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WikiLeaks Vs. the Pentagon Papers

I've been asked several times today how the Wikileaks documents compare with the Pentagon Papers. I e-mailed Sandy Ungar, the President of Goucher College, who as a reporter for The Washington Post covered the Pentagon Papers case and subsequently wrote a book about it. Here's what he thinks.

There are some superficial similarities between the Wikileaks documents and the Pentagon Papers. For one, The New York Times studied both sets of documents for several weeks before publishing. For another, both sets were released on one president's watch but mainly affected his predecessor's reputation. The Pentagon Papers were released on Nixon's watch but dealt with Lyndon Johnson's conduct of the war. The Wikileaks documents appeared on Obama's watch but most of them were created during the Bush presidency. But that's where the similarities end.

The Wikileaks documents represent a low level view of the Afghan war - reports, sometimes accurate, sometimes not, filed from the field that made their way up the chain of command. The Pentagon Papers were a high level view of the Vietnam War - an account of decisions and policies made in Washington.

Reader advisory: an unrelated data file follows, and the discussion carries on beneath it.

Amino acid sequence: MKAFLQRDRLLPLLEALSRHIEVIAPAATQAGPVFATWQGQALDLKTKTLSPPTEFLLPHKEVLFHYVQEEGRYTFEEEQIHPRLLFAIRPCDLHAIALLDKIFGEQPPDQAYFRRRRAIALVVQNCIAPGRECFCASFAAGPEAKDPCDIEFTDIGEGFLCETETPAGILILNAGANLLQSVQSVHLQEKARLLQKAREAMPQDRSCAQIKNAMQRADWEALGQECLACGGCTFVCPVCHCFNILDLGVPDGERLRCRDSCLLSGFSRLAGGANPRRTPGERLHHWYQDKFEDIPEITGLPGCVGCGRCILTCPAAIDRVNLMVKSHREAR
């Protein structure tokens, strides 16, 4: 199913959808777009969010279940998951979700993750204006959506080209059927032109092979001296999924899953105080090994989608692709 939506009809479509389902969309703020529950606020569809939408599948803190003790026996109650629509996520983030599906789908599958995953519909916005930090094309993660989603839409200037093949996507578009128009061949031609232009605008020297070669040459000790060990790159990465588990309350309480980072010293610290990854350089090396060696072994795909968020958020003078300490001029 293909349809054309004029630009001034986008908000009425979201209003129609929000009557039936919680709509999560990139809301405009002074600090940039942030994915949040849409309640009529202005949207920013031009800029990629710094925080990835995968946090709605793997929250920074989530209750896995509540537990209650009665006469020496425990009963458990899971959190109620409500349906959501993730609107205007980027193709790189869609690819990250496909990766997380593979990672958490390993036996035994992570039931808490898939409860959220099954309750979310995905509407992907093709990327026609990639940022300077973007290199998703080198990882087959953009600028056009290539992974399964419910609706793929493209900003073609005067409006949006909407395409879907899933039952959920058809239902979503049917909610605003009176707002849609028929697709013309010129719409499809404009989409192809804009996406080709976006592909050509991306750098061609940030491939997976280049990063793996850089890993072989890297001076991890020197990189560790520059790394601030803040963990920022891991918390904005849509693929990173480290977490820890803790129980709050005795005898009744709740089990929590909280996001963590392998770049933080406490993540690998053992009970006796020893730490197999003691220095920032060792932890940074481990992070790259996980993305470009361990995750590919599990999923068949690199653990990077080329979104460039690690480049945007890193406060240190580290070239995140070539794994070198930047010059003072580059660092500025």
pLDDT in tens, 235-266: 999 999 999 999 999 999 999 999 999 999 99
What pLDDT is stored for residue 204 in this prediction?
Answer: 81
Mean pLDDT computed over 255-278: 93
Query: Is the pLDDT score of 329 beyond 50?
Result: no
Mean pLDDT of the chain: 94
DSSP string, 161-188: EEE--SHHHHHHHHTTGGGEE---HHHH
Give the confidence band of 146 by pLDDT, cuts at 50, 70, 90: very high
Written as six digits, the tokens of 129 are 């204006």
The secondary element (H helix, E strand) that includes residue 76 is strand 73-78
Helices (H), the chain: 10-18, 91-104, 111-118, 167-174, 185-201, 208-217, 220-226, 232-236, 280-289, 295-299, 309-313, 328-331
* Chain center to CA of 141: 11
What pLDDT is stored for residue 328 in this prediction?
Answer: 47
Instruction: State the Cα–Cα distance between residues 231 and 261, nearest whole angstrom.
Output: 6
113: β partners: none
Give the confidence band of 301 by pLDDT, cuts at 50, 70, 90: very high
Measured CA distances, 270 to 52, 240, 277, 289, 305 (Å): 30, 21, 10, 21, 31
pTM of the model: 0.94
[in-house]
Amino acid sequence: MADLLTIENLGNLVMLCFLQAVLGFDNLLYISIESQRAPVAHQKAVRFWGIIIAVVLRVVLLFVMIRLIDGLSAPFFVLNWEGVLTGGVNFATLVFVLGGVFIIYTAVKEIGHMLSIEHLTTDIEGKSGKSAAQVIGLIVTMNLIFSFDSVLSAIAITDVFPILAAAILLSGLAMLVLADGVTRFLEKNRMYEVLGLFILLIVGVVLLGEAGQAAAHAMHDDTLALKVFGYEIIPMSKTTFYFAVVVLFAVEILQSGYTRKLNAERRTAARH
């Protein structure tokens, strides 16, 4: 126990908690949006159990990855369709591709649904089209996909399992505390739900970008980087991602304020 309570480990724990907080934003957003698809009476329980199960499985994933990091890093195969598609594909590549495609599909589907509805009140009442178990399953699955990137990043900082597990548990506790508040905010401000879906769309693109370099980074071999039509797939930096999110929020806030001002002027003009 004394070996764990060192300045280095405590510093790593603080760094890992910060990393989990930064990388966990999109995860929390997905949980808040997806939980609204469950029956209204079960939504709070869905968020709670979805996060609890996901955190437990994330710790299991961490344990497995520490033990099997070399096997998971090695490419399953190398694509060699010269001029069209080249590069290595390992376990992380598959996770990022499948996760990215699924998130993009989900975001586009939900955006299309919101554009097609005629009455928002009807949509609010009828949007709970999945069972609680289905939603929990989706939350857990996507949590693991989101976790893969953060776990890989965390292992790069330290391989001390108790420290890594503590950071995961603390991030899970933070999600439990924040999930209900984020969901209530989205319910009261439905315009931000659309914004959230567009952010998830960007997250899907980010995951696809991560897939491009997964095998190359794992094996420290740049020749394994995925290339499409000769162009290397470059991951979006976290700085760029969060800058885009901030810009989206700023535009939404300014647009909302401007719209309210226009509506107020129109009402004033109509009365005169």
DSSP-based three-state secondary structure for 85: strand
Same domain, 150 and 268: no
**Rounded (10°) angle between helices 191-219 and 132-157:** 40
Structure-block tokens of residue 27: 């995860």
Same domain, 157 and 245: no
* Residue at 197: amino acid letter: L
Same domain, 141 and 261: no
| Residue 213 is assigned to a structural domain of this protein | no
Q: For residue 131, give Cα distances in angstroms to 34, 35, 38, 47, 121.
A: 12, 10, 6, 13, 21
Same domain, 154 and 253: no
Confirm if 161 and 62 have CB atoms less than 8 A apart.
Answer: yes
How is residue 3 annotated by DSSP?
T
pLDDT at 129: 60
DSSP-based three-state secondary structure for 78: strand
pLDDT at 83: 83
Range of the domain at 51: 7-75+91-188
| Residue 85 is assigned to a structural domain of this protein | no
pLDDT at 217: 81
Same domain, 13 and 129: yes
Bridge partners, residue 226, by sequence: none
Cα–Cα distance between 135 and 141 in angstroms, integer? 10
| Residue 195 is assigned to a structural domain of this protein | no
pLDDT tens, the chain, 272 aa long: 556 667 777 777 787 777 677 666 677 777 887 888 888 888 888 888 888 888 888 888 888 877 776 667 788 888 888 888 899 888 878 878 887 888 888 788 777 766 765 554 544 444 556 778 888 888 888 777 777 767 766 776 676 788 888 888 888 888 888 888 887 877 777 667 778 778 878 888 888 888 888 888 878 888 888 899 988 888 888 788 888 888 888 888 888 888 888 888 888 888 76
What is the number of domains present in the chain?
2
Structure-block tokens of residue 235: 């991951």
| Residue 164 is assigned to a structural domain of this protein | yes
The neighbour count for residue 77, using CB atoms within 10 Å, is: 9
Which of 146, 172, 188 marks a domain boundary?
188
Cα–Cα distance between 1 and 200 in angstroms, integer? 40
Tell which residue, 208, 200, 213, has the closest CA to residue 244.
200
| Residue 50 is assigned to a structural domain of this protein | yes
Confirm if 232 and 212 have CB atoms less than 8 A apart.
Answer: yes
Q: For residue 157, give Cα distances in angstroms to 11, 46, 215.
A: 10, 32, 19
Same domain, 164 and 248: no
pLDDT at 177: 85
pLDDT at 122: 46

More fundamentally, the Wikileaks documents do not radically alter our understanding of the war. They document what we've known for years - not enough troops, too many civilian casualties, a corrupt and inefficient Afghan government and an uncertain ally in Pakistan. The Pentagon Papers revealed that much of what the public had been told about the war in Vietnam was flat wrong and in many cases deliberately so.

The Pentagon Papers took the blinders off. The Wikileaks documents are more like a microscopic view of the day in day out grind of the war in Afghanistan.

I would add to that one other difference: the Pentagon Papers produced one of the great Supreme Court cases when the Nixon Administration tried unsuccessfully to stop publication. The Obama administration has given no indication it intends to attempt something similar with Wikileaks, which is based overseas and probably beyond the jurisdiction of U.S. courts.

Watch CBS News' David Martin and Juan Zarate discuss the significance of the documents on "Washington Unplugged" below:

More Coverage of the WikiLeaks Documents:

WikiLeaks Documents: White House Tries to Kill the Messenger
U.S. Assesses Impact of WikiLeaks Release
After WikiLeaks Release, White House Says There Is "No Blank Check" For Pakistan
Did Wikileaks Leaker Access Top Secret "Intelpedia?"
WikiLeaks Reveals Grim Afghan War Realities

David Martin is CBS News' National Security Correspondent. You can read more of his posts in Hotsheet here.
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